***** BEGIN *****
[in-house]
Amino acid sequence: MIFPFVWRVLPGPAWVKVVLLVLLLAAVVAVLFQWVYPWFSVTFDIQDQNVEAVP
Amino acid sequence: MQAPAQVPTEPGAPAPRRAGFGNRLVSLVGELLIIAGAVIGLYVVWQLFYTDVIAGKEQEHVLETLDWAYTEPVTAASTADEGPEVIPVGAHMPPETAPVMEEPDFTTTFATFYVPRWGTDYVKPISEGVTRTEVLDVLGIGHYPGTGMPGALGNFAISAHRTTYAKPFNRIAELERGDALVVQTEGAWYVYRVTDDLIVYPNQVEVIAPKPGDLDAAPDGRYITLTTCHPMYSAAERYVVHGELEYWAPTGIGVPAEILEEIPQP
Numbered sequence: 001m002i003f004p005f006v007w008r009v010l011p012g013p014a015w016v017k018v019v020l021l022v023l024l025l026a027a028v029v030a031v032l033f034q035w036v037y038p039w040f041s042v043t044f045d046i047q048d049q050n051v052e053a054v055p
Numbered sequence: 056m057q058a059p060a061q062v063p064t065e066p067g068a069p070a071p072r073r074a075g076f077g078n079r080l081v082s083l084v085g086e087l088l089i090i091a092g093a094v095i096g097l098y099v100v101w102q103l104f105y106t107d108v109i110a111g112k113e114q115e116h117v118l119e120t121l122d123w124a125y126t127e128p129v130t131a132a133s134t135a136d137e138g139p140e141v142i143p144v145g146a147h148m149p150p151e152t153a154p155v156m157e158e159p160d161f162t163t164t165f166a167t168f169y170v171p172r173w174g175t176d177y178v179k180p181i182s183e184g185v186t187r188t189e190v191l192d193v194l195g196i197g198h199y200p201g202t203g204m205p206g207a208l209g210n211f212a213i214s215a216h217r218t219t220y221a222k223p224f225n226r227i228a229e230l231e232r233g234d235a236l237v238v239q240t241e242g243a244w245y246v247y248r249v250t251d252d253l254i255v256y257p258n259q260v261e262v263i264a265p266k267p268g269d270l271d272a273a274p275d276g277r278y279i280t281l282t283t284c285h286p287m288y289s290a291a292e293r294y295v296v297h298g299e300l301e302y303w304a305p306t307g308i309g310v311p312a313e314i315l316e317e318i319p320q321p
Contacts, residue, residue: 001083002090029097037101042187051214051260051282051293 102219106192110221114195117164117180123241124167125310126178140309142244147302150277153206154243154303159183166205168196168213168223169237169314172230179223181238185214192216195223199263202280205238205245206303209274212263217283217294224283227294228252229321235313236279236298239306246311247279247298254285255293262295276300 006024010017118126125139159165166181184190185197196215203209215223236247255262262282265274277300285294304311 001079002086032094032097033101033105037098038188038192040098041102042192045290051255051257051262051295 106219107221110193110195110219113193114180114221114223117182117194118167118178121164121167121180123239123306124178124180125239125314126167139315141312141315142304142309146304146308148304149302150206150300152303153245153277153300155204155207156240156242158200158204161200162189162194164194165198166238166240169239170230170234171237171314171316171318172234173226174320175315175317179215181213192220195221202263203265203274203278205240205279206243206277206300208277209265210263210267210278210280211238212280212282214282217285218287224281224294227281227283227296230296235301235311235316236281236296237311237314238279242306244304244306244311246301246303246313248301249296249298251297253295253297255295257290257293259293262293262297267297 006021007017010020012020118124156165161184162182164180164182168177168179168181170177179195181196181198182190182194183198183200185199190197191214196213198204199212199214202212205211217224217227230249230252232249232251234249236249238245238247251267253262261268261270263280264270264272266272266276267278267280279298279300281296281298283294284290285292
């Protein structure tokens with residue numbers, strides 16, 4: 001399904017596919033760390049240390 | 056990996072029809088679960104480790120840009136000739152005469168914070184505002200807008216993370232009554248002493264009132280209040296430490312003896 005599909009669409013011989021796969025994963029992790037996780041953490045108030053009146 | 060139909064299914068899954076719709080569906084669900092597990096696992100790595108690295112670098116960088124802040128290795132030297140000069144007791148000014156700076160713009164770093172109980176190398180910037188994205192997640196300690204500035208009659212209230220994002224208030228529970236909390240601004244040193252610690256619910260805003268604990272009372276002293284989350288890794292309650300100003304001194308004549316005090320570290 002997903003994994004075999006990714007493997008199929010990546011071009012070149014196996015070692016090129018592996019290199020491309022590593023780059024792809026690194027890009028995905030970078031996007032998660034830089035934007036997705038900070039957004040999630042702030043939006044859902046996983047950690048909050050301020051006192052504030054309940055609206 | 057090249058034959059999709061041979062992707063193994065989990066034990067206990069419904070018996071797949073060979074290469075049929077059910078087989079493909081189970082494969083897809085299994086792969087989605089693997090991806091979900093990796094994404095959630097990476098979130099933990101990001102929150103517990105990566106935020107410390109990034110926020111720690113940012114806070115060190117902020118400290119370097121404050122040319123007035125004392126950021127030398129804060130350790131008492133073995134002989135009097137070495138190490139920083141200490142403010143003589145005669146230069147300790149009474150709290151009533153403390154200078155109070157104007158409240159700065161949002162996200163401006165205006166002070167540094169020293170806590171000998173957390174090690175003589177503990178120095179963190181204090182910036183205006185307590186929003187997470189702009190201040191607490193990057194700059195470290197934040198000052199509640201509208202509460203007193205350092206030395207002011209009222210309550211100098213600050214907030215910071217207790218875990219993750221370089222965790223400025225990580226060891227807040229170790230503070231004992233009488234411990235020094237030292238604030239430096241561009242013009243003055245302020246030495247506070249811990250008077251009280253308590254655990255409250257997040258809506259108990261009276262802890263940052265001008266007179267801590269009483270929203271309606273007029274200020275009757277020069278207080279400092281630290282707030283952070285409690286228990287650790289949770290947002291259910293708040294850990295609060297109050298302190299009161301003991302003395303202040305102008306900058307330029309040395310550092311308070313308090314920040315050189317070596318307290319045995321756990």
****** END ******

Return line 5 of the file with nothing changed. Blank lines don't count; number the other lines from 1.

Numbered sequence: 056m057q058a059p060a061q062v063p064t065e066p067g068a069p070a071p072r073r074a075g076f077g078n079r080l081v082s083l084v085g086e087l088l089i090i091a092g093a094v095i096g097l098y099v100v101w102q103l104f105y106t107d108v109i110a111g112k113e114q115e116h117v118l119e120t121l122d123w124a125y126t127e128p129v130t131a132a133s134t135a136d137e138g139p140e141v142i143p144v145g146a147h148m149p150p151e152t153a154p155v156m157e158e159p160d161f162t163t164t165f166a167t168f169y170v171p172r173w174g175t176d177y178v179k180p181i182s183e184g185v186t187r188t189e190v191l192d193v194l195g196i197g198h199y200p201g202t203g204m205p206g207a208l209g210n211f212a213i214s215a216h217r218t219t220y221a222k223p224f225n226r227i228a229e230l231e232r233g234d235a236l237v238v239q240t241e242g243a244w245y246v247y248r249v250t251d252d253l254i255v256y257p258n259q260v261e262v263i264a265p266k267p268g269d270l271d272a273a274p275d276g277r278y279i280t281l282t283t284c285h286p287m288y289s290a291a292e293r294y295v296v297h298g299e300l301e302y303w304a305p306t307g308i309g310v311p312a313e314i315l316e317e318i319p320q321p